By Wayne Gates –
The Georgetown Village Council is still looking for proposals to operate the Gaslight Theater.
Three groups expressed interest in running the theater at the Feb. 8 village council meeting. The Gaslight Theater Players, Children’s Christian Theater and a group associated with former council member Susan Bean all told council that they would submit proposals.
Council will accept proposals up until next council meeting on Feb. 22, and then make a decision after that time.
In other business, Georgetown Mayor Dale Cahall swore in new part-time police officer Brad Liming at the meeting. Georgetown Police Chief Rob Freeland said that Liming came highly recommended.
Council President and Emergency Services Committee member Wade Highlander told council that his committee was currently looking into the challenges faced by the village regarding emergency services staffing.
In the approved minutes from the January 25 meeting, it was noted that “The village has budgeted one more annual transfer of $150,000 to be split equally between fire and EMS funds to help support the part-time day staffing until the (emergency services) committee can decide what should be done to financially fund all day staffing. the general fund cannot sustain the continuation of transferring that amount of money each year to help cover a day shift.”
Highlander said that the committee would meet again on March 8 at 6 p.m. prior to the regular council meeting to continue to discuss the issue.
In other business, Cahall noted that the request for a second round of funding for renovation of the Gaslight Theater had been made in the legislature. The funding has not been approved, but Cahall said he was hopeful that the approval would take place.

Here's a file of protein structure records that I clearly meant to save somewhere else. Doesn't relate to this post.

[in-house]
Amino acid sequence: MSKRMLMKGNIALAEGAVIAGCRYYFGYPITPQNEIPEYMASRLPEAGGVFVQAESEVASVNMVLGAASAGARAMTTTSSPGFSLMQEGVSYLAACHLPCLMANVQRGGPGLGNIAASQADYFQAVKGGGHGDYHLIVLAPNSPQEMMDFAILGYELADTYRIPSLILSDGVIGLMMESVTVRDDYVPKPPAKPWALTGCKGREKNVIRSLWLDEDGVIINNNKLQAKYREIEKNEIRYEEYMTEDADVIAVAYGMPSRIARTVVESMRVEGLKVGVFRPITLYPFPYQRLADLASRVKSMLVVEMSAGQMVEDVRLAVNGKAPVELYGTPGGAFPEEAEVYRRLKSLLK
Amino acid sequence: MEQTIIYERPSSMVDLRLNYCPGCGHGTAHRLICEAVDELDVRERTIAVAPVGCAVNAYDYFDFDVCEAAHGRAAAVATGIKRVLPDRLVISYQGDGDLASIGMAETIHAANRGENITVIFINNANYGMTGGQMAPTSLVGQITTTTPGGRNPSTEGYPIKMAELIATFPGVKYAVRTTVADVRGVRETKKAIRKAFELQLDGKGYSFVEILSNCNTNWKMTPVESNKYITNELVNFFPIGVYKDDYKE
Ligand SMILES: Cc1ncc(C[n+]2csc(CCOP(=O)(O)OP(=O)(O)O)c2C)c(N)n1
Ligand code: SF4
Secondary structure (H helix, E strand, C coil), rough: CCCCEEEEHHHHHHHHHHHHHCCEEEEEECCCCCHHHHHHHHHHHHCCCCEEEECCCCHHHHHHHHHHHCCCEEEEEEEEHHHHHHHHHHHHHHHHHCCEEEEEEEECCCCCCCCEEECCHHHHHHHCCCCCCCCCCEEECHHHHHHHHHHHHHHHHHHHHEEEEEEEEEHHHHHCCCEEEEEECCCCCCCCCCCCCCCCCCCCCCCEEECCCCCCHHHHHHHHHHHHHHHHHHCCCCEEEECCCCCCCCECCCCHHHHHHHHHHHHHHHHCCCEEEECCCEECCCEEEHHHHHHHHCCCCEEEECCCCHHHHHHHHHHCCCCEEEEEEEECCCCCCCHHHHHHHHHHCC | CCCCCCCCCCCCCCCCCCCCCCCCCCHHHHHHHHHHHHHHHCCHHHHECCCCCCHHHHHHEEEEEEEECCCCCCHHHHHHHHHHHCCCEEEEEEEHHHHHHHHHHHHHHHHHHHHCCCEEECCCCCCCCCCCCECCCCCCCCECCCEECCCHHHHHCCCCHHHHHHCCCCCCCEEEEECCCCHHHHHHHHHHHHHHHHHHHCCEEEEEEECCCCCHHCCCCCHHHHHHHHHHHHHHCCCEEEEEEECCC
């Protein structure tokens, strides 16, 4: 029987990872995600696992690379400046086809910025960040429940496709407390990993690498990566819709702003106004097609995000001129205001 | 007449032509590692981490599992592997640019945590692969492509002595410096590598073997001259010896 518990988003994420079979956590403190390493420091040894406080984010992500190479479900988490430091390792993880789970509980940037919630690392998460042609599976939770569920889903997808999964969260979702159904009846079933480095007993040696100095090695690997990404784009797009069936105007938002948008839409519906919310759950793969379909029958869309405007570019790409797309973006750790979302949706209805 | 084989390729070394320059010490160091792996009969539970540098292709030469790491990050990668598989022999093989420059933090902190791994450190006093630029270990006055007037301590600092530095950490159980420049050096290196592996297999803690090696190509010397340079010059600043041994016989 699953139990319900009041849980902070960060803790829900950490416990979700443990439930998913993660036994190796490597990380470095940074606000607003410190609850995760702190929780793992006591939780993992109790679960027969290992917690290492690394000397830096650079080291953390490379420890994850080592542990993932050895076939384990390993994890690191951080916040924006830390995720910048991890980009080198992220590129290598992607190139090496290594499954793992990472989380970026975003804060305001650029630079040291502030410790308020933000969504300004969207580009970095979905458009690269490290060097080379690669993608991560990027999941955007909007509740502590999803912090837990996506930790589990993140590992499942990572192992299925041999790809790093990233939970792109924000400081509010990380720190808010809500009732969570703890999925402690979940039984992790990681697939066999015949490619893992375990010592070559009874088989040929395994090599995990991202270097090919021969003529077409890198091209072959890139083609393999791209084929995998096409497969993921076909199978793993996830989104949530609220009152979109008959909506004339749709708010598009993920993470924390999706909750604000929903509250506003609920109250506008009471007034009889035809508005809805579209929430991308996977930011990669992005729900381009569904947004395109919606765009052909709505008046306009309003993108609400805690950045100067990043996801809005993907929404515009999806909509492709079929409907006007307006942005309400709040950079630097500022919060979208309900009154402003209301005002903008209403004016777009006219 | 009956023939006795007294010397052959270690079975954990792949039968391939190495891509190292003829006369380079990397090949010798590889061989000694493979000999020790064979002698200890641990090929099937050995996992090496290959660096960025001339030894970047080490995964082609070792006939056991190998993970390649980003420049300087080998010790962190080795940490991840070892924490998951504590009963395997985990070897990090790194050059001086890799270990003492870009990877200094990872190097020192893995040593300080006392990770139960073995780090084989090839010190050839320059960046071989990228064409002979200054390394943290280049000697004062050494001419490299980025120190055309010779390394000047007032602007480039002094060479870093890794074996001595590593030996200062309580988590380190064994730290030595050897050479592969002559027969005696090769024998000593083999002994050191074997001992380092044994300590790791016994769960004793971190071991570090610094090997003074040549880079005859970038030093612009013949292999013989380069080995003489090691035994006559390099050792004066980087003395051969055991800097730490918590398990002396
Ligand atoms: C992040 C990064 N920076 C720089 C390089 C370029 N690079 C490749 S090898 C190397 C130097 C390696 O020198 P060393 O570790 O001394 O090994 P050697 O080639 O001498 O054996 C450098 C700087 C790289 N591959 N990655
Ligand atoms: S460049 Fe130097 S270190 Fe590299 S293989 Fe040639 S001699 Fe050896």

Freeland gave a report to council that included statistics for the past four weeks, including 383 calls for service, 191 traffic stops, 92 Mayor’s Court citations and 25 charges filed with county court.
Freeland also shared three incident reports with council, including one regarding a theft charge filed against a teenager.
Freeland reported that a shoe sale was set up on Snapchat, and that the teenager ran away with the shoes after meeting the seller.
The seller contacted the police, and it was determined that the teenager had used his real name on his Snapchat account. He is now facing theft charges in Brown County Juvenile Court.
Freeland also noted that a local man had been charged with possession of methamphetamine three times within ten days by the same officer, including twice in one day.
Finally, Freeland shared with council how investigation into a harrassment case that grew into a major drug bust.
Freeland reported that Captain Matt Staggs and Corporal Shaun Inlow and Officer Jesse Green all worked together to develop the case.
Green initially took a report of damage to two vehicles. When Staggs looked into the matter, he became concerned for the safety of the victims and secured an arrest warrant.
Inlow staked out the victim’s home and caught suspect Shane Jarvis in the act of trying to slash tires. He was arrested after a short foot chase.
After further investigation, it was determined that Jarvis was engaged in a marijuana growing operation at his home.
Freeland included a letter from Brown County Prosecuting Attorney Zac Corbin which read in part, “Corporal Shaun Inlow went above and beyond, continuing the investigation to gather additional case evidence. By thinking outside the box, Corporal Inlow came across information that Shane Jarvis had been engaging in illegal drug activity…This search also led to additional information pretaining to drug activity in Clermont County.”
The letter closed with Corbin writing, “This is exactly the type of cooperative effort that we need here in Brown County. I truly appreciate the professionalism and excellent work on the part of your team.”
Council also voiced appreciation for the efforts of the police department.
The next Georgetown Village Council meeting is scheduled for Feb. 22 at 7:00 p.m.